Medycyna Wet. 63 (1), 118-122, 2007
Pyrcz J., Kowalski R., Danyluk B.
Quality of comminuted cooked sausages manufactured with plant fat
The objective of this study was to evaluate the use of fat of plant origin in comminuted hot-dog type sausages. 50% of the animal fat (pork backfat) in the experimental sausages was replaced by rape-seed oil, sunflower oil or margarine. Cooking loss, texture properties (share force), cholesterol and phytosterol content and color reflectance parameters (L*, a*, b*) of cross cuts of sausages were assessed for each sausage variant. A trained sensory panel evaluated sensory attributes. The obtained results indicate that a 50% replacement of animal fat with plant fat resulted in increased production loss for the examined sausages. Undesirable changes of texture and color features are associated with a worsening of sensory attributes of the sausages. While the observed undesirable changes of odor and taste of sausages manufactured with plant fat were only slight, their cross section surface color and consistency were evaluated much lower in comparison to control samples. Results indicated that not the improvement of overall sensory acceptability, but rather the improvement of their nutritional and health properties are the primary technological motivations for partly replacing animal fat by plant fat in the production of hot dog type sausages.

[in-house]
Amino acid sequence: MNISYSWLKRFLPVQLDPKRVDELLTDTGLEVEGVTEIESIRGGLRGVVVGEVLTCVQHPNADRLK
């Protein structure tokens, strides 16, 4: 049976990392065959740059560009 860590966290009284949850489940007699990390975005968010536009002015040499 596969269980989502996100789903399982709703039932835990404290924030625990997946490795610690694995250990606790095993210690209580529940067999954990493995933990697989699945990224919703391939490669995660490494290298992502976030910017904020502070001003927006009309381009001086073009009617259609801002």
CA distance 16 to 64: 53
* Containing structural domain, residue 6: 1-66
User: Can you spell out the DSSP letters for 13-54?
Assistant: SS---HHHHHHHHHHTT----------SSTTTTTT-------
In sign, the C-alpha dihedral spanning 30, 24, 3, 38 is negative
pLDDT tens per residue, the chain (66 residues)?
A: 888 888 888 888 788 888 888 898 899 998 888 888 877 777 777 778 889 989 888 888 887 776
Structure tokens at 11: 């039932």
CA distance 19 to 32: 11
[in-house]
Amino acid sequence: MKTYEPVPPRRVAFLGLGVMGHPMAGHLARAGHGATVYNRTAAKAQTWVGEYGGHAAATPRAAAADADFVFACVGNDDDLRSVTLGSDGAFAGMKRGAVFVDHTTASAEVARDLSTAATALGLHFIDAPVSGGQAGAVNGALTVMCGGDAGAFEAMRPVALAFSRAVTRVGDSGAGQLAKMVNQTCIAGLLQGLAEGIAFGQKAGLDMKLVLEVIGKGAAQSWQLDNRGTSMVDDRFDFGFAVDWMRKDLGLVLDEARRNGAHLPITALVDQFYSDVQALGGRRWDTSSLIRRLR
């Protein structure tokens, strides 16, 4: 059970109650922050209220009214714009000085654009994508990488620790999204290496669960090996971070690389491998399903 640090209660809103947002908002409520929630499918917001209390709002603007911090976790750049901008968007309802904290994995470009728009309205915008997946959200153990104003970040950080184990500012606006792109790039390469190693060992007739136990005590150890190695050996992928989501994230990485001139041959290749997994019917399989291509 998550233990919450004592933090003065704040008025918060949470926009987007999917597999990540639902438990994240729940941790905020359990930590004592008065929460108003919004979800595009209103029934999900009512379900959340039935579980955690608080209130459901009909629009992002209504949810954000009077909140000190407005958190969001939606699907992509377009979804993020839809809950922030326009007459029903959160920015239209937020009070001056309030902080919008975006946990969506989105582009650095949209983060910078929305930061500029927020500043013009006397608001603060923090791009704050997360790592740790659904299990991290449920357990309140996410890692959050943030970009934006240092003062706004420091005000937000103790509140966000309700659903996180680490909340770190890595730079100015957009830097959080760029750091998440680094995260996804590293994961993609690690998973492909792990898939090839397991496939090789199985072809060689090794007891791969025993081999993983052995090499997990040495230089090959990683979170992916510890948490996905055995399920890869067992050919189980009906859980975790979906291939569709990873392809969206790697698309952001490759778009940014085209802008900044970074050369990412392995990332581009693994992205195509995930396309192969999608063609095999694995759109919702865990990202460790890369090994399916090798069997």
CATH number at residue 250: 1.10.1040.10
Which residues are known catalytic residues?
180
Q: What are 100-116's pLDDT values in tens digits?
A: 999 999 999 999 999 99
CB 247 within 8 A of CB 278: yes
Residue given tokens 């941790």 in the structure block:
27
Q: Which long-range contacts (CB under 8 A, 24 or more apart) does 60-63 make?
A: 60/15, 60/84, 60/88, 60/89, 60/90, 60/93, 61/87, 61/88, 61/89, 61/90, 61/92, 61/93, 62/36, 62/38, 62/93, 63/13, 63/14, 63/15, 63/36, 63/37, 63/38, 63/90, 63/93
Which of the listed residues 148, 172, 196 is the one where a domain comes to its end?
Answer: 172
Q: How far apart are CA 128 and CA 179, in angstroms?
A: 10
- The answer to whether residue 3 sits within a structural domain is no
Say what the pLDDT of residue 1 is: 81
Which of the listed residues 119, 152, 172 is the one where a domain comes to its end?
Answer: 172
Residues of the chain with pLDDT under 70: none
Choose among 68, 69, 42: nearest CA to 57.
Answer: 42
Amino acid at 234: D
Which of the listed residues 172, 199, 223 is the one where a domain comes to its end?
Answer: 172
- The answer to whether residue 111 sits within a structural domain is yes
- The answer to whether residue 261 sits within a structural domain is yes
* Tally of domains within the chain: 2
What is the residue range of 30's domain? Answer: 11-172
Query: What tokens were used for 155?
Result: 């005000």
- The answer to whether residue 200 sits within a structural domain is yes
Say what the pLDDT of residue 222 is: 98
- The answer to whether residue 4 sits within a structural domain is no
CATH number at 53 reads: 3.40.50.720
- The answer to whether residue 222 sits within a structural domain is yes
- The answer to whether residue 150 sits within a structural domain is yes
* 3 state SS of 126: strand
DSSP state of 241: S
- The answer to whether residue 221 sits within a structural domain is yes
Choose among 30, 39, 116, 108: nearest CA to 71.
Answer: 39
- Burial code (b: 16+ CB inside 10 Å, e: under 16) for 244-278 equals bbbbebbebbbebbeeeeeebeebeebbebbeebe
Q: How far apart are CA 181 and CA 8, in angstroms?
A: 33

Keywords: comminuted sausages, plant oil, quality